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(First) American State Litter Scorecard (2008)
 

(First) American State Litter Scorecard (2008)

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Rank/Reviews Public Spaces/Property Litter Removal and Overall Environmental Quality (cleanliness) of the 50 U.S. States, year 2008. Mississippi was #1 WORST state; Vermont, Minnesota were tied for #1 ...

Rank/Reviews Public Spaces/Property Litter Removal and Overall Environmental Quality (cleanliness) of the 50 U.S. States, year 2008. Mississippi was #1 WORST state; Vermont, Minnesota were tied for #1 BEST state. Created: March 2008 and presented at ASPA conference, Dallas, TX.

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  • Full Name Full Name Comment goes here.
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  • TIPS for EFFECTIVE REPORTING of offensive/problem litter/debris:

    a) Use internet Government Website, ’Contact Us’ icon or send to topmost specified individual--NO phone calls! (unless the government to be contacted has NO Internet contact icon/address)

    b) Describe location CLEARLY--use landmarks, mile markers, etc.

    c) Mention state law/county-city ordinance is still in effect, REQUIRES timely removal of litter/debris from ALL public properties. ALL 50 States have these laws and mandates!!!

    d) At the end of email: write this line--’This email communication IS public record.’

    e) Resend email after two weeks if reported site not cleaned up

    Please email me: literscorecard@gmail.com if any further problems with a wayward jurisdiction.
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  • Please visit 2011 American Litter Scorecard:

    Top BEST State: Washington State.

    Bottom WORST State: Kentucky.

    see http://www.slideshare.net/stevewonder2/the-2011-american-state-litter-scorecard
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    (First) American State Litter Scorecard (2008) (First) American State Litter Scorecard (2008) Presentation Transcript

    • The American State Litter Scorecard : A Sociopolitical Inquiry into Littering And The Response Role of 50 American States Steve Spacek, M.P.A. 2008 ASPA National Conference The Fairmont Hotel—Dallas, Texas Sunday March 9, 2008
    • Welcome to Texas! Ranks 38th (Objectively/Subjectively) in U.S. Litter Removal Effectiveness Quality
    • Source Reduction-Environmental Justice--Maintaining a Clean Environment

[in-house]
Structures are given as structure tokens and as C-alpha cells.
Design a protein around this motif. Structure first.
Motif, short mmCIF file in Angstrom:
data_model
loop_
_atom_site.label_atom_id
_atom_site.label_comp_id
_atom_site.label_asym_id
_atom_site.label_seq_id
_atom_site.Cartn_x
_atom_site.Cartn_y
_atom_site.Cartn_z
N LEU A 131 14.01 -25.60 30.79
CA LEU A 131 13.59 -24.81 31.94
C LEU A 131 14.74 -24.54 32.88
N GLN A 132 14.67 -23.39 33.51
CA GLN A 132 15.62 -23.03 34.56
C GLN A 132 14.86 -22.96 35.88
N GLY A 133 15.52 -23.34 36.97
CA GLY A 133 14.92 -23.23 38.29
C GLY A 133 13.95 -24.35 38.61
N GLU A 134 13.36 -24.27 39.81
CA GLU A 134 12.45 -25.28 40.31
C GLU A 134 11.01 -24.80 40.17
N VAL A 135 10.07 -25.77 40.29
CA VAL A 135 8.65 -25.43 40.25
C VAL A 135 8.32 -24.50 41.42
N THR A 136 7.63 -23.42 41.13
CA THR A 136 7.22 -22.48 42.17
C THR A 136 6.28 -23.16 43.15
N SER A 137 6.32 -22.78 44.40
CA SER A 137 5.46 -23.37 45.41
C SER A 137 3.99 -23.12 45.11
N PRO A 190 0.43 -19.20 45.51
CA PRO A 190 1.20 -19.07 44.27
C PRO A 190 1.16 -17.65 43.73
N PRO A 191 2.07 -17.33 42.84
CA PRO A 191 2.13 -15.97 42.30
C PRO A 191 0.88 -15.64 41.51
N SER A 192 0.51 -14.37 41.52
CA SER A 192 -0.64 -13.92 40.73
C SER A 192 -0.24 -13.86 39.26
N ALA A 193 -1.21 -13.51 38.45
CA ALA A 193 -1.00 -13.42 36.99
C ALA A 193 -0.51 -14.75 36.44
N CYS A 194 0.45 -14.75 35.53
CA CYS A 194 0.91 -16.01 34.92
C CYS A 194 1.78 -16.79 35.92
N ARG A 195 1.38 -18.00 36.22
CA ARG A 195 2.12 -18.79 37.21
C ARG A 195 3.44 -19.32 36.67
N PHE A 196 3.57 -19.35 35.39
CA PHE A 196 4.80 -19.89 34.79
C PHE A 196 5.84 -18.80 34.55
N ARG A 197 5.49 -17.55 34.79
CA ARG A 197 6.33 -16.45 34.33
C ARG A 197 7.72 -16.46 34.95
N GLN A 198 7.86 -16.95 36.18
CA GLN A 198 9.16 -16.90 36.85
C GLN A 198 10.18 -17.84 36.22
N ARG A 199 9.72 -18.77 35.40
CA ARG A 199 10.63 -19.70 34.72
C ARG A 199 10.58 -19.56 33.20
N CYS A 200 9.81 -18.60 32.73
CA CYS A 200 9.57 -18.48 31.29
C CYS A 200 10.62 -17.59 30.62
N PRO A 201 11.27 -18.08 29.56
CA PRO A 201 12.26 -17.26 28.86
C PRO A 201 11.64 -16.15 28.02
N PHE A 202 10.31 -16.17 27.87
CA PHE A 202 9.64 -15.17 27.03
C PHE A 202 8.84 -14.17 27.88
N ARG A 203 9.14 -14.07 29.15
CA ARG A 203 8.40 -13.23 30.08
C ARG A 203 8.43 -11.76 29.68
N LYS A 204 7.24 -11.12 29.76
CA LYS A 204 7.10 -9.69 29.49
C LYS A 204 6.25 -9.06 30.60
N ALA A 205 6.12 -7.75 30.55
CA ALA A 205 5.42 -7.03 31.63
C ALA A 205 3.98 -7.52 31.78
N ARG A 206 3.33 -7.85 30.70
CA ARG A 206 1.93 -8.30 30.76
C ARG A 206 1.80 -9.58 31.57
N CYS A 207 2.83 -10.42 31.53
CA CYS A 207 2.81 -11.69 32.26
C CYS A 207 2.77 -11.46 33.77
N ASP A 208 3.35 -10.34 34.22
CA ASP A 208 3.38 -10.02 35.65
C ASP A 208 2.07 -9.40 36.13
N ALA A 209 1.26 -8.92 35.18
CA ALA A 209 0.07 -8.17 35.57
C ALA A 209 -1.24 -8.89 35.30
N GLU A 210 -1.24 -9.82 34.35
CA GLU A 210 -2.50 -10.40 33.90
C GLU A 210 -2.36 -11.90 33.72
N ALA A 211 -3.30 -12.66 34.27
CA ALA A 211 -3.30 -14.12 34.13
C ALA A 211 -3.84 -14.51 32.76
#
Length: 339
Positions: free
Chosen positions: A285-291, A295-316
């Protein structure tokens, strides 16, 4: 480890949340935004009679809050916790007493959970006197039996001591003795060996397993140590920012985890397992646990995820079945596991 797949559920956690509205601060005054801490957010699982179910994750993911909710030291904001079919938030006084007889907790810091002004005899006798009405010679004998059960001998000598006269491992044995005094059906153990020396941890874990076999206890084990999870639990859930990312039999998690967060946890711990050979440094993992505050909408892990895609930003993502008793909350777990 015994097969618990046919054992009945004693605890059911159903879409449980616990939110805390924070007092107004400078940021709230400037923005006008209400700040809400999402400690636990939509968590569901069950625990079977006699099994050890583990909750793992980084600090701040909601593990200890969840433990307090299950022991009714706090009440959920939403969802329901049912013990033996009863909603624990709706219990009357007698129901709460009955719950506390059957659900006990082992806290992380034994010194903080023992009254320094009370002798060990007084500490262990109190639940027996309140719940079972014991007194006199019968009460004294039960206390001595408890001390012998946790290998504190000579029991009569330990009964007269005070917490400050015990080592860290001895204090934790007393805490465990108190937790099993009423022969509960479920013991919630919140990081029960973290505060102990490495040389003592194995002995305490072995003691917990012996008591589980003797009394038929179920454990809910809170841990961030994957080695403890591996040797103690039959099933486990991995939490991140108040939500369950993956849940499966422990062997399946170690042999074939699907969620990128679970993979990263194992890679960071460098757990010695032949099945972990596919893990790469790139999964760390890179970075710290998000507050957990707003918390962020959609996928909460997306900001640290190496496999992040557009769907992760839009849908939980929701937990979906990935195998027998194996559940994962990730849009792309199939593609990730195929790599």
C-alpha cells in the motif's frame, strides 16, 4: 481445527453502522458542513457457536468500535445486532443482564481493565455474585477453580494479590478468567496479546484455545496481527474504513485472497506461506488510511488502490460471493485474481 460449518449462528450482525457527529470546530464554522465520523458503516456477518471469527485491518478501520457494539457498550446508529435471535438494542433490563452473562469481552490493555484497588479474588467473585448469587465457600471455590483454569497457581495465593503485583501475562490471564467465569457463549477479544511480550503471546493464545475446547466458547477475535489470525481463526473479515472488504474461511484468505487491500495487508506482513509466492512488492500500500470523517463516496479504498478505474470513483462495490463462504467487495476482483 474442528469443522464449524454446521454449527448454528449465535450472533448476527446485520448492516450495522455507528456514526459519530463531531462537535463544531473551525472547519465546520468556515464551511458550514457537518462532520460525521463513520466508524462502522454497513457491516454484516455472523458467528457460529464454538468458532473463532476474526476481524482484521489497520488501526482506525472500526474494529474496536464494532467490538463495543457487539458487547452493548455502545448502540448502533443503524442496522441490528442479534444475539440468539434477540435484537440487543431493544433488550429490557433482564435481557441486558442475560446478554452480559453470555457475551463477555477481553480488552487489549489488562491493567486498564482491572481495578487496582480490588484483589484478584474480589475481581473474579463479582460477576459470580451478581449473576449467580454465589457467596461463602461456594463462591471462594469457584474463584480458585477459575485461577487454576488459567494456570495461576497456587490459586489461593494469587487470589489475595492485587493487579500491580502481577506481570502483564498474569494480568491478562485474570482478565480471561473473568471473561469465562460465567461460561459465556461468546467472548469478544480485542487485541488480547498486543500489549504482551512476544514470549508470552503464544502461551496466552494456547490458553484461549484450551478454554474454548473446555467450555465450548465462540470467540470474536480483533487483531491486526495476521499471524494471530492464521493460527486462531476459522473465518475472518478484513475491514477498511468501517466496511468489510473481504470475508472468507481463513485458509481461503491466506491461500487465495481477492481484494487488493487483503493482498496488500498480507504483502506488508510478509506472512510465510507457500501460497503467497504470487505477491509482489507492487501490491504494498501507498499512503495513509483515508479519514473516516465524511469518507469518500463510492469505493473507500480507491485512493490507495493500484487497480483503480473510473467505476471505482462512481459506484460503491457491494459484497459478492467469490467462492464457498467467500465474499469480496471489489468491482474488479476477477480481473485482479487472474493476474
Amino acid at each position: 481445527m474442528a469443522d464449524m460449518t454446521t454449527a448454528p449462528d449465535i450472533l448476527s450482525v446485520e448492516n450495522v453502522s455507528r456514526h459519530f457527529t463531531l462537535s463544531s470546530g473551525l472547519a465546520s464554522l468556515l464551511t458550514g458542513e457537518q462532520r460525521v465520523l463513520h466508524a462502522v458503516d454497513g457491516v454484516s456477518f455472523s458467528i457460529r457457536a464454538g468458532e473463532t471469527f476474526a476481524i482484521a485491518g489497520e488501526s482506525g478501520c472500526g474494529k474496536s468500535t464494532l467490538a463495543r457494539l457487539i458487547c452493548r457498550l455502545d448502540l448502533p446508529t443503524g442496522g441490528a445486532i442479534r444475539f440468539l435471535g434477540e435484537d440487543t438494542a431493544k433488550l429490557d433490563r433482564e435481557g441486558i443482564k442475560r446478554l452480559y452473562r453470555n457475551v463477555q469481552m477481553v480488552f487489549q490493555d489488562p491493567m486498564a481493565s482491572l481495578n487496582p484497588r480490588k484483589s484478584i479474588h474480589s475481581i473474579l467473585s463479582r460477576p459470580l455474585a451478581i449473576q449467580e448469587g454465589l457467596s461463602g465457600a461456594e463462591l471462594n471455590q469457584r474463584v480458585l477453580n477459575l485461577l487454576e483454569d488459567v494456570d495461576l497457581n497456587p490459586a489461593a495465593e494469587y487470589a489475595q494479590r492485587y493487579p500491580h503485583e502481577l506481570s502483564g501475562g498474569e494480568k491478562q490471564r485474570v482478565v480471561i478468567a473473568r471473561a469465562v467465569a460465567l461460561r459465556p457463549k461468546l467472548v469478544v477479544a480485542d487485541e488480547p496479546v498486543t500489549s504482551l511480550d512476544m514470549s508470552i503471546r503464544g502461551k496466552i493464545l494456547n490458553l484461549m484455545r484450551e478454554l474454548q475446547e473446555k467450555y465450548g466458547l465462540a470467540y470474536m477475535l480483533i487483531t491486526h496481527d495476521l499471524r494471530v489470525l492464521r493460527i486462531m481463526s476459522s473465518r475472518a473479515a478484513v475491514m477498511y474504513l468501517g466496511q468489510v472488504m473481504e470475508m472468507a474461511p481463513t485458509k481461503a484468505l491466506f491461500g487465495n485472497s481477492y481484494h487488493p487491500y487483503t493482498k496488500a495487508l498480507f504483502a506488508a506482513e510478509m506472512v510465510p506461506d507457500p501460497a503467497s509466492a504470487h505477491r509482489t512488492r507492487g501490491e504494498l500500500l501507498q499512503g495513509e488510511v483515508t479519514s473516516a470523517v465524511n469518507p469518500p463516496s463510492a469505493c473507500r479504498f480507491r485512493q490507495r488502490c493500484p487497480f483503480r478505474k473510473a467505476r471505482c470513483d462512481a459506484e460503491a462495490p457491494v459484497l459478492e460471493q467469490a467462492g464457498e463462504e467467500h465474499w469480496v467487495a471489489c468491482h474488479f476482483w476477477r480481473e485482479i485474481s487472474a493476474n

• Environmental Justice : Condition exists when environmental-related investments, benefits, natural resources, information access, decision-making and justice are equally distributed and enjoyed by ALL, without discrimination, at ANY jurisdictional level.**
      • Source Reduction : Physical or Legal endeavor in diminishing the amount of litter/garbage generated or thrown away by individuals*
      • Maintaining a Clean Environment : Litter Eradication/Abatement is a source reduction physical activity that provides a healthy, enjoyable surface environment for humans and wildlife .
      • *Littering Throwing of small amounts of trash/garbage in small, individualized portions. Dumping is littering on a larger, voluminous scale. Both are environmental crimes creating dangers to public health, safety and welfare.
      • **(condensed definition) Central European Workshop on Environmental Justice, Budapest, December 2003.
    • Environmental Injustice : Litter/Source Reduction Activities Amongst 50 States are Unequal!!
      • Poor Litter Eradication has led to damaged scenic environments, breeding grounds for diseases,
      • insects and rodents, and wildlife devastation. In 2005, 1,122 Americans died as result of traffic
      • accidents caused by littering/movable debris along roadways.*
      • States Are Lacking in efforts to collect uniform litter abatement data for research comparisons (i.e.
      • volumes of waste collected by mileage/location, budget funding sources/expenditures; number of
      • required annual/seasonal cleanups; performance standard surveys; persons cited/prosecuted for
      • infractions).
      • Particular States are in regions “increasingly plagued with [appalling health] symptoms produced by